Disputes about the size of a logo are the most tedious conversations you can possibly have. Personally I'm glad when a brand has a fixed rule about logo size; it eliminates the debate.

But no one seems to have a fixed rule about packshots.

The general principle at many companies seems to be 'just make it as big as possible'.



In the above ad, you can almost hear the Client cursing the limitations of the media space, for unfairly constraining the size at which his product can be displayed.

Of course, some find a clever way around that.



Well, at least it wasn't horizontal.

Actually there's a surprising degree of variation in pack sizes. Apple packshots, for example, vary from subtle sizes like this:

 
 To whoppers like this:


This is the smallest packshot I've ever seen. Lovely ad, for Peugeot 106. Apologies for poor scan quality.


This one I reckon is the biggest. It's an Armani ad from 1983. Shame about those little bits of black space around the shoulders of the bottle. Otherwise it would have been perfect!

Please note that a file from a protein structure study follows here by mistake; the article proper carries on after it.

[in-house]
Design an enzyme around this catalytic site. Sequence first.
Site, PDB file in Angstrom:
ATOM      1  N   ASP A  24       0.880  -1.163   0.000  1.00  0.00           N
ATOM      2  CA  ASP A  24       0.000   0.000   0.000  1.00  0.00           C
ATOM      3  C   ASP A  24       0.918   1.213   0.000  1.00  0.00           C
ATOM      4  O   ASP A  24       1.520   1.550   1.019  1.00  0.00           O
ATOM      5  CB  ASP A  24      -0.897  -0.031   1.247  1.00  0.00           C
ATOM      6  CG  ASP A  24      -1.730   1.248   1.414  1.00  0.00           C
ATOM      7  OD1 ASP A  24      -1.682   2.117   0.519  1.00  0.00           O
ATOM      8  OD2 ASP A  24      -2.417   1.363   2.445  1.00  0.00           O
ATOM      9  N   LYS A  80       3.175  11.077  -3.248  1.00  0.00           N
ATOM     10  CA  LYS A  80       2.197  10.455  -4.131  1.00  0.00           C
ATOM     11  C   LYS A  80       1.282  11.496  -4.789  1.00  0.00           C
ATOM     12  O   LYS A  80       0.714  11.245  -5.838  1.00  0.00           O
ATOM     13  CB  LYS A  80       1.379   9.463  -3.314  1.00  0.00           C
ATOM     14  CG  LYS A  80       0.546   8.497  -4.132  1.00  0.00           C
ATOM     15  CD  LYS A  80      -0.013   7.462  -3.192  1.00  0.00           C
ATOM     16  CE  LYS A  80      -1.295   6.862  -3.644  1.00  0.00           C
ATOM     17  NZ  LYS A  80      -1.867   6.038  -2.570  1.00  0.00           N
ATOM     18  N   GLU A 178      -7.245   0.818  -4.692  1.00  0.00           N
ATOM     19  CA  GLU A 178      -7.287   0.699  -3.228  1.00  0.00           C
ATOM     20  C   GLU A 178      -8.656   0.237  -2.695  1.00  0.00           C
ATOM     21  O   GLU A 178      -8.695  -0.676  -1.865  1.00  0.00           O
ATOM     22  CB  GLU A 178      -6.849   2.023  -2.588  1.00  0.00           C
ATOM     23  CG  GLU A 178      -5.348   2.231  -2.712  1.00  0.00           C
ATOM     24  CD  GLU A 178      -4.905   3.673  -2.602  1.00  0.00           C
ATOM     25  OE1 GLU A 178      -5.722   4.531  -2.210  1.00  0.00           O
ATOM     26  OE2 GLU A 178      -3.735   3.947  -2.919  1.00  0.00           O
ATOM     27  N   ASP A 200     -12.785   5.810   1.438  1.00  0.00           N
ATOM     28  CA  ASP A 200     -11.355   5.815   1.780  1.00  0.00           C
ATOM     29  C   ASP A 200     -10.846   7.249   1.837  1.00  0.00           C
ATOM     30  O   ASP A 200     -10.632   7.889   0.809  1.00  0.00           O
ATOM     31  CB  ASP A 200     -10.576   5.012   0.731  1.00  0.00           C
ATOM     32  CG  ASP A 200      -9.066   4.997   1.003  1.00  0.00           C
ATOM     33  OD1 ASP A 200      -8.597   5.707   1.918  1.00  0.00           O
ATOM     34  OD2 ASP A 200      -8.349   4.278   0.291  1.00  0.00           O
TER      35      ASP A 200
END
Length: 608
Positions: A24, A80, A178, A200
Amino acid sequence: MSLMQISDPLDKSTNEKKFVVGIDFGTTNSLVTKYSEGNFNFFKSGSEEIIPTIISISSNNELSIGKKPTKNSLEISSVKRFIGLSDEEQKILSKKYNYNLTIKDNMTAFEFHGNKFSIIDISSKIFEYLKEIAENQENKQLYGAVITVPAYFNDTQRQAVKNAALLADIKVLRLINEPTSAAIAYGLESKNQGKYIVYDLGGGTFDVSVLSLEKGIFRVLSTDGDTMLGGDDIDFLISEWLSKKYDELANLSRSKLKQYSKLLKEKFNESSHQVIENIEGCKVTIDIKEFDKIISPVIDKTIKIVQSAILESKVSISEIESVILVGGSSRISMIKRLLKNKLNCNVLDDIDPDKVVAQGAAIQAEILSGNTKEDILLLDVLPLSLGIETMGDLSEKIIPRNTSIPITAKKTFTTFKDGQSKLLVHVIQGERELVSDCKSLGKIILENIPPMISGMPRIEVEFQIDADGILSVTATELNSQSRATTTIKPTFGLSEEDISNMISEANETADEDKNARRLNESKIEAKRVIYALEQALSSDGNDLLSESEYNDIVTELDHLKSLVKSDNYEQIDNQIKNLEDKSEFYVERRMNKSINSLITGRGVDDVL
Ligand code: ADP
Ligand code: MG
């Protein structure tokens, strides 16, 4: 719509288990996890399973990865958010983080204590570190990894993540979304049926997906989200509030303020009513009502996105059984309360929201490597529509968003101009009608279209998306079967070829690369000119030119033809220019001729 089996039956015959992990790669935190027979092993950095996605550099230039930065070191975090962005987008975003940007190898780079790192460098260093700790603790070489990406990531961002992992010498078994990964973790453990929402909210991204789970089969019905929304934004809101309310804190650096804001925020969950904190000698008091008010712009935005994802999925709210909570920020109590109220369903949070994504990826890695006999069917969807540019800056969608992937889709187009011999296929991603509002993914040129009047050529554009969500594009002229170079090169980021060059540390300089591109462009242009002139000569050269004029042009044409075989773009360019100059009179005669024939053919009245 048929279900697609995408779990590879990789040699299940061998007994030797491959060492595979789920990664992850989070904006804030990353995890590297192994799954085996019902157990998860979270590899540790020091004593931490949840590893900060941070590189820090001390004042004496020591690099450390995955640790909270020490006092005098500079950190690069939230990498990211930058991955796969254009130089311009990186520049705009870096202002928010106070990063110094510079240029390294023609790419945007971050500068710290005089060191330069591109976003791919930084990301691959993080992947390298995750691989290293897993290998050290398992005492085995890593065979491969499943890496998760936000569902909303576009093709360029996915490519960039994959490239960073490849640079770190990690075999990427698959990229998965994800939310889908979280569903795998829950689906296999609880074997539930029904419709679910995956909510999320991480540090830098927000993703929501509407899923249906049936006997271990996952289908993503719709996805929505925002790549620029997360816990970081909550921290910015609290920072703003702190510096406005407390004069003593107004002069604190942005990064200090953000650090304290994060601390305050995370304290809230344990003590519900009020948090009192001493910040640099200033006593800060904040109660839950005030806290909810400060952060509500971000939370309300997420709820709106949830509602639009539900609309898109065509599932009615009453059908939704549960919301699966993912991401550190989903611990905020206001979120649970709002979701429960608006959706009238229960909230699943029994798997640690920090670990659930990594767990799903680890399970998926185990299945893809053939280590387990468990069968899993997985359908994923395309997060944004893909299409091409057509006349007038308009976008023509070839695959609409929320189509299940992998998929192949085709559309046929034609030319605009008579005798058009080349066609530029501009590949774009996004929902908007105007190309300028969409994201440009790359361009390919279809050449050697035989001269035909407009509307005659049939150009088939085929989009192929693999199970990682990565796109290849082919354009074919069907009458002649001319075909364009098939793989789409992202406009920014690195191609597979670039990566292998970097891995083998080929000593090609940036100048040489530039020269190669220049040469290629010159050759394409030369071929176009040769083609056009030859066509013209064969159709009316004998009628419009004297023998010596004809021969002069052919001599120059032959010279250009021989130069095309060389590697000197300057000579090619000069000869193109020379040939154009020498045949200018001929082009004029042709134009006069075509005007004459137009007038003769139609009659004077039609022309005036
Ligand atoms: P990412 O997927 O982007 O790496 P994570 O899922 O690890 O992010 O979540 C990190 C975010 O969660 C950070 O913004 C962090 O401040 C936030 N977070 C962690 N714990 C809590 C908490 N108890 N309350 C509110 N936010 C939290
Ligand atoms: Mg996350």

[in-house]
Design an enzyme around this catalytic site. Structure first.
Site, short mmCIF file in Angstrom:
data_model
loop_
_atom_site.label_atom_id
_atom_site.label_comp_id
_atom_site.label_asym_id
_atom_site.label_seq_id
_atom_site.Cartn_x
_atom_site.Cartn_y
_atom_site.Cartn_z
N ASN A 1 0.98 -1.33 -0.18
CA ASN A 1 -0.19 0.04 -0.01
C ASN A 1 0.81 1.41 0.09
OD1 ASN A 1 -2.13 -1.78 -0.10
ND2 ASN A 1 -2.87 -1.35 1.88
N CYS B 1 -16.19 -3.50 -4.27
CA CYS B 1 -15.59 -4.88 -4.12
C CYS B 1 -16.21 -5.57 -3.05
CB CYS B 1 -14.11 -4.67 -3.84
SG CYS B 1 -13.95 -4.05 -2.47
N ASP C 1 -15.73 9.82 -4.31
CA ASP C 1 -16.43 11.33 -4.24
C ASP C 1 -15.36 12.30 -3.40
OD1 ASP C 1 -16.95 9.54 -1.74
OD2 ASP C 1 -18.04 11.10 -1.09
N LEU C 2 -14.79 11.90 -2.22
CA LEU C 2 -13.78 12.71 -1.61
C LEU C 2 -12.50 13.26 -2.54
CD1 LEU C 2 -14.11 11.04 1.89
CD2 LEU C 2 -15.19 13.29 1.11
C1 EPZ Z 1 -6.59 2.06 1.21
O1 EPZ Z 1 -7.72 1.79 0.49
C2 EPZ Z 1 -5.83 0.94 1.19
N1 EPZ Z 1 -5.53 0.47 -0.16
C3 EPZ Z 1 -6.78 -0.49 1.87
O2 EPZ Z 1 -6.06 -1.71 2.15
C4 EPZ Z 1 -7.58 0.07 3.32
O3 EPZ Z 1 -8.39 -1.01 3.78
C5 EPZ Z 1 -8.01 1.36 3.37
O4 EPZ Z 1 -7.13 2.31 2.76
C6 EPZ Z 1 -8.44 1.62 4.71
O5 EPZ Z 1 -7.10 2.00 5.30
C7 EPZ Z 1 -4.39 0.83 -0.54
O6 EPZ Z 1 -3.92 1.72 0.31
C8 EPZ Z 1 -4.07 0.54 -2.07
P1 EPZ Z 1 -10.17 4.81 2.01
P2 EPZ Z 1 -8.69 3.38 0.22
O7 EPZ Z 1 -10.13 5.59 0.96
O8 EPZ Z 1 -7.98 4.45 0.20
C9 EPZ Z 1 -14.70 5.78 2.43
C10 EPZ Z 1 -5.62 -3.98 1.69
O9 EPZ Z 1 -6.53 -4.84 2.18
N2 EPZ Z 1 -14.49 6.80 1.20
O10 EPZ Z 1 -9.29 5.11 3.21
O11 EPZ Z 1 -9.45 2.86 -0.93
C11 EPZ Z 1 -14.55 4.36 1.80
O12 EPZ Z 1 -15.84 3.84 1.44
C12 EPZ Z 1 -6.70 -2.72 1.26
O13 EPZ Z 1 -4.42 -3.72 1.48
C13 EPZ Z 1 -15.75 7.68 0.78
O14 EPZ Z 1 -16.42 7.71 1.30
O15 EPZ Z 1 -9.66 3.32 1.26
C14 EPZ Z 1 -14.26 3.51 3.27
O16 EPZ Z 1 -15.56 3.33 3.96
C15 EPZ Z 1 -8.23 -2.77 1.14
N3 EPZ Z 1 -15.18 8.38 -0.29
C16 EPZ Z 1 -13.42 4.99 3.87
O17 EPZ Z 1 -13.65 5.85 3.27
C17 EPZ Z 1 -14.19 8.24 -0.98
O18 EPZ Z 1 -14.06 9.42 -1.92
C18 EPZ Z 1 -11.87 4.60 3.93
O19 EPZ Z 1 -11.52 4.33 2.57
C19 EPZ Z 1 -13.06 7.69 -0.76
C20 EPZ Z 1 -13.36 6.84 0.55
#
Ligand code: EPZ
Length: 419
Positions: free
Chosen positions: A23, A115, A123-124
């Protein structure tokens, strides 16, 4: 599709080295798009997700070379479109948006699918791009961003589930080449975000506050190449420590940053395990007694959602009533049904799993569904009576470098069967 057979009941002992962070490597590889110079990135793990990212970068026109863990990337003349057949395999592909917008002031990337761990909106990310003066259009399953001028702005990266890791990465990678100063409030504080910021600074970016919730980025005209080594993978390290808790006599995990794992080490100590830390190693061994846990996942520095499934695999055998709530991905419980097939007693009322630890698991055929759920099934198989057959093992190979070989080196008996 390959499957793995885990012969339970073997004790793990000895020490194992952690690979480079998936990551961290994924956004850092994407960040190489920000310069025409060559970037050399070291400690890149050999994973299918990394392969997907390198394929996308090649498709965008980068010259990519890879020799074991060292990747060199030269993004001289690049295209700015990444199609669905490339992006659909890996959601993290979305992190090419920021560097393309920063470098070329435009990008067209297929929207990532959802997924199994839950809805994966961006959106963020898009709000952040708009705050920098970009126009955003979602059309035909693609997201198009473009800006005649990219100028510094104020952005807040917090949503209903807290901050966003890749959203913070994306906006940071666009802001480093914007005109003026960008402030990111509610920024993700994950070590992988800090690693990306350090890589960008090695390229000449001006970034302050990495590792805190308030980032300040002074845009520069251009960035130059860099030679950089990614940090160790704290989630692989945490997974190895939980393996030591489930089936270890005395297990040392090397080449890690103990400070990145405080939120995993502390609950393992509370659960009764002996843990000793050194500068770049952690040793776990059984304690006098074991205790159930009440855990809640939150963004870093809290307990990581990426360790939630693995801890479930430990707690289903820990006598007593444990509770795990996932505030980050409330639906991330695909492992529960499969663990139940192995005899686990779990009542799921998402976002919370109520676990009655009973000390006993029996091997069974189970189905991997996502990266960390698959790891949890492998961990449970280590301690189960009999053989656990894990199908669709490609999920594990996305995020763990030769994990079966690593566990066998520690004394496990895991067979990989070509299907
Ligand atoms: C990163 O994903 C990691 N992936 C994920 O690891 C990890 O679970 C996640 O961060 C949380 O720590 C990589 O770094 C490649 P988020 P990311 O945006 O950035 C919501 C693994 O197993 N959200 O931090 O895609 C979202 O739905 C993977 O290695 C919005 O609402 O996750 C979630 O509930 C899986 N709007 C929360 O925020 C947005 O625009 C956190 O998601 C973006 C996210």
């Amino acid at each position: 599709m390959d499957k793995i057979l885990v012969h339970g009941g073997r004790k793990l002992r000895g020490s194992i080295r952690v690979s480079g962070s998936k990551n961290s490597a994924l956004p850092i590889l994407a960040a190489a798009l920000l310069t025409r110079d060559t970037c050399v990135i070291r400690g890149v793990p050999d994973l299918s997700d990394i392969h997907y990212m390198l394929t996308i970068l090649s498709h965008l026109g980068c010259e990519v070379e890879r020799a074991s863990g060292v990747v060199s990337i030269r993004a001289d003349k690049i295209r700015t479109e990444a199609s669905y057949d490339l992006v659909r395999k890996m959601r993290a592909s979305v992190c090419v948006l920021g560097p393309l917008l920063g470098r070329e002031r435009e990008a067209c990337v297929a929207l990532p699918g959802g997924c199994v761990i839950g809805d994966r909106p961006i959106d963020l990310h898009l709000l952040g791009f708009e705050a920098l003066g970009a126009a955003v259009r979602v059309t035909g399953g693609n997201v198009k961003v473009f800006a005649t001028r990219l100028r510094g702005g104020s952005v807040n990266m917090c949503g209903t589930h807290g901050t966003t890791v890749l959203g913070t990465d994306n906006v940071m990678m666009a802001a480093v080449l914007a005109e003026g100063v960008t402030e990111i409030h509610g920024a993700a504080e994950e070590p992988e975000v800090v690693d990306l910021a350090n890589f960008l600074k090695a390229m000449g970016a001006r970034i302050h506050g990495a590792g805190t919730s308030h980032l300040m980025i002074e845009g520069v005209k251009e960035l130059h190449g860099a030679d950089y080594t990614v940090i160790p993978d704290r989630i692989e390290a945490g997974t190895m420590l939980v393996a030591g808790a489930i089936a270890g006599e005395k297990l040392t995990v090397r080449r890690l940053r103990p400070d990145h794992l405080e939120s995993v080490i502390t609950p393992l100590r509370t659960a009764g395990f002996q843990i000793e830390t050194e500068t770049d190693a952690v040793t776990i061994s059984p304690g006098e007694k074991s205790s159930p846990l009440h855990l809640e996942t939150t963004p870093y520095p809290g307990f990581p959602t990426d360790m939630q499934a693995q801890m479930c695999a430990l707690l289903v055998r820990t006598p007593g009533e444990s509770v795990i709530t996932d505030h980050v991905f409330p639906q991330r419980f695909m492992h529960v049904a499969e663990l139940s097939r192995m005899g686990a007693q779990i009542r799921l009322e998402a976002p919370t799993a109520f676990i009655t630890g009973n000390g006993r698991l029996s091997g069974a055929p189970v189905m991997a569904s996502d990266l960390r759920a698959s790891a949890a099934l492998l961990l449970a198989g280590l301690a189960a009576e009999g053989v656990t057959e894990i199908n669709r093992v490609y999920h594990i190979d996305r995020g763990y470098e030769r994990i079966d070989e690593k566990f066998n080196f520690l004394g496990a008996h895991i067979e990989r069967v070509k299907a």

In terms of what the ideal packshot size is, I honestly don't think it's that hard to work out. The principles are the same as with any art direction (*disclaimer: I'm not an art director).

You simply need to have a clear vision of the order in which you want a consumer to view the different elements of your ad.

In the example below, it was obviously felt that consumers should see LeBron James first, since he's been made the biggest element. (Correct decision, I'd say. It's LeBron that is going to hook people in).

Next, the art director wanted people to read the headline. So that's the second biggest element. Then the shoes (third biggest) and finally the tagline.


Art directors: is this what you actually do, or am I just making it up? 

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